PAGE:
Hoeven Delivers Congressional Response to 2017 State of Indian Nations Address
WASHINGTON – Today, U.S. Senator John Hoeven (R-ND), Chairman of the Senate Committee on Indian Affairs, delivered the Congressional Response to the 2017 State of Indian Nations address given by the National Congress of American Indians President Brian Cladoosby.
In his remarks, Chairman Hoeven highlighted his legislative priorities for the committee, including jobs and economic development, health care, energy, housing, public safety, and veterans. He also emphasized the need to continue working in a bipartisan manner to advance safety, security and opportunity in Indian Country.
Chairman Hoeven’s Remarks as Prepared for Delivery:
“Thank you for that introduction. Thank you President Cladoosby for your words today.
“It’s an honor to be here with all of you. I want to extend my greetings to you, and to any North Dakota tribal members who are either here or listening. Again, it’s good to be with you.
“I am honored to serve and work with the Indian nations as the new Chairman of the Senate Committee on Indian Affairs in this 115th Congress.
“I look forward to working with the new Vice Chairman of the Committee, Senator Tom Udall from New Mexico. Tom and I are good friends, and we work very well together. We certainly want to lead in a bipartisan way on this important committee.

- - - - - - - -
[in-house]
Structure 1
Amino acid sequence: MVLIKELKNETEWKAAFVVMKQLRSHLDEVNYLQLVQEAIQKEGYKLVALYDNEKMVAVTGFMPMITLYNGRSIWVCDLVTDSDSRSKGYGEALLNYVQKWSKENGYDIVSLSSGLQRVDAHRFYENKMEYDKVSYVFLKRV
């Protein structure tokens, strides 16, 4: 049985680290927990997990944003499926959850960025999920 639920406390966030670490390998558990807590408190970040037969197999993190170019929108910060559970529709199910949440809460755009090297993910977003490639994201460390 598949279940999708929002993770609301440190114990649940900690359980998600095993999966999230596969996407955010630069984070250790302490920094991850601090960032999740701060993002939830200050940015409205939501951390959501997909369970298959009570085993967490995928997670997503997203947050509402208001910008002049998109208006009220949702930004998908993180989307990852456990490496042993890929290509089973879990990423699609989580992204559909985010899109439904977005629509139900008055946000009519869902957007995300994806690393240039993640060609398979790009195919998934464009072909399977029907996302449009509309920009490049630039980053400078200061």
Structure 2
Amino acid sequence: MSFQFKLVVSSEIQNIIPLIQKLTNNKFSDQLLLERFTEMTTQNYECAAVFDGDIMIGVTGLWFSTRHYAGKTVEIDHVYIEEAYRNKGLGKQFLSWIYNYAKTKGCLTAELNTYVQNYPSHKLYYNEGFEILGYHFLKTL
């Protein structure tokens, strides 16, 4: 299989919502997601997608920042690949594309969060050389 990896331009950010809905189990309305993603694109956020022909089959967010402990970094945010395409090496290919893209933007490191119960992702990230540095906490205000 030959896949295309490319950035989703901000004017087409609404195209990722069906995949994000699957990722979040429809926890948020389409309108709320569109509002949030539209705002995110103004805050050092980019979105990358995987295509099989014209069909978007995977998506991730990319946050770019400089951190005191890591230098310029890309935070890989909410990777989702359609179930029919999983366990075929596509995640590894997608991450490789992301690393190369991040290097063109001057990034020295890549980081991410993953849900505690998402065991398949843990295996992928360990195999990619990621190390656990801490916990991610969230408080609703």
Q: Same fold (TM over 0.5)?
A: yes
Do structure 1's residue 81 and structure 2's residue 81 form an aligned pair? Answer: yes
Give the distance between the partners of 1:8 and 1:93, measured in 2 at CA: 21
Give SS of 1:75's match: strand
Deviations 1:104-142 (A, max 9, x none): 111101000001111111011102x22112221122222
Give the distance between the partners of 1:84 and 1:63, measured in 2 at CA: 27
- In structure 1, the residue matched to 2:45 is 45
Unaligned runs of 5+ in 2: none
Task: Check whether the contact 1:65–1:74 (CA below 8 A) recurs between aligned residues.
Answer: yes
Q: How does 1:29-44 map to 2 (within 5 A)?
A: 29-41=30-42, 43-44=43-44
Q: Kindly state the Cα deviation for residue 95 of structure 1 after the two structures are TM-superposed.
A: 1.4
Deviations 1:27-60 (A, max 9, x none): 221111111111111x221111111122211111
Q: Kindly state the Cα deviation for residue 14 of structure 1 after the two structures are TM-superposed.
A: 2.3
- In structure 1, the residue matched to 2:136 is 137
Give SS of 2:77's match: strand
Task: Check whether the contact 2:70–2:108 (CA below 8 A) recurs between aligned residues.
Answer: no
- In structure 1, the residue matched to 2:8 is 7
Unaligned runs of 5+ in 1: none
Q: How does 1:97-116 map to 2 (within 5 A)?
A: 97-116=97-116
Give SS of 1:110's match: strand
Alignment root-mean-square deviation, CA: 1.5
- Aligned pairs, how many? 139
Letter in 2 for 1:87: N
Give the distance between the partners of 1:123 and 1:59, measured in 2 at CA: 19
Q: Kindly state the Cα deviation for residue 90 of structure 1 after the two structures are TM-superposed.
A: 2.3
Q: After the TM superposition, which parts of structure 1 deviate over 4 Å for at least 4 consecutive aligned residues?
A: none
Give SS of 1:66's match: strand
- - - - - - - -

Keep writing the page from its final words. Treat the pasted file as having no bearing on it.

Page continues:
“Too often, across this nation, the partisanship or issues can become divisive and even paralyzing. However, there is far more common ground than division to be found on Indian issues. I agree with President Cladoosby that together we can build a stronger America. I am committed to working with you, Mr. President, to do just that.
“I believe that if we work in a bipartisan way, we can create jobs and raise the standard of living and quality of life in Indian communities across this great land. This has been the long-standing position and priority of the Committee as well.
“We have a great opportunity to continue the remarkable work advanced by Senator John Barrasso of Wyoming, my predecessor as Chairman of the Committee, and Senator Jon Tester, the former Vice Chairman.
“Last Congress, 22 Indian bills became law and 55 bills were passed by the full committee, and some of those passed the full Senate as well. I intend to hit the ground running and “clear the decks,” so to speak.
“Already on February 8th, the committee passed 9 bills that were left over from last Congress. I don’t think any other committee has done that. These are bills that were worked on in the last Congress and had bipartisan support. We wanted to move them out of committee, get them through the Senate and over to the House, and get them passed.
“Beyond these bills, I want to focus on some areas that are particularly important to Indian tribes and communities, including jobs and economic development, health care, energy, housing, public safety, and veterans. Mr. President, you spoke very eloquently about our veterans. We thank them.
“I am confident that even despite the diversity of views on issues such as the Dakota Access Pipeline, we can still work together and will work together on the federal regulatory processes.
“Going forward, we need to review the permitting process to ensure that everyone has an opportunity to be heard and that a fair, certain, and legal process is followed.
“The role of government is to create a positive business climate to spur job creation and economic growth, and to create more opportunity for all.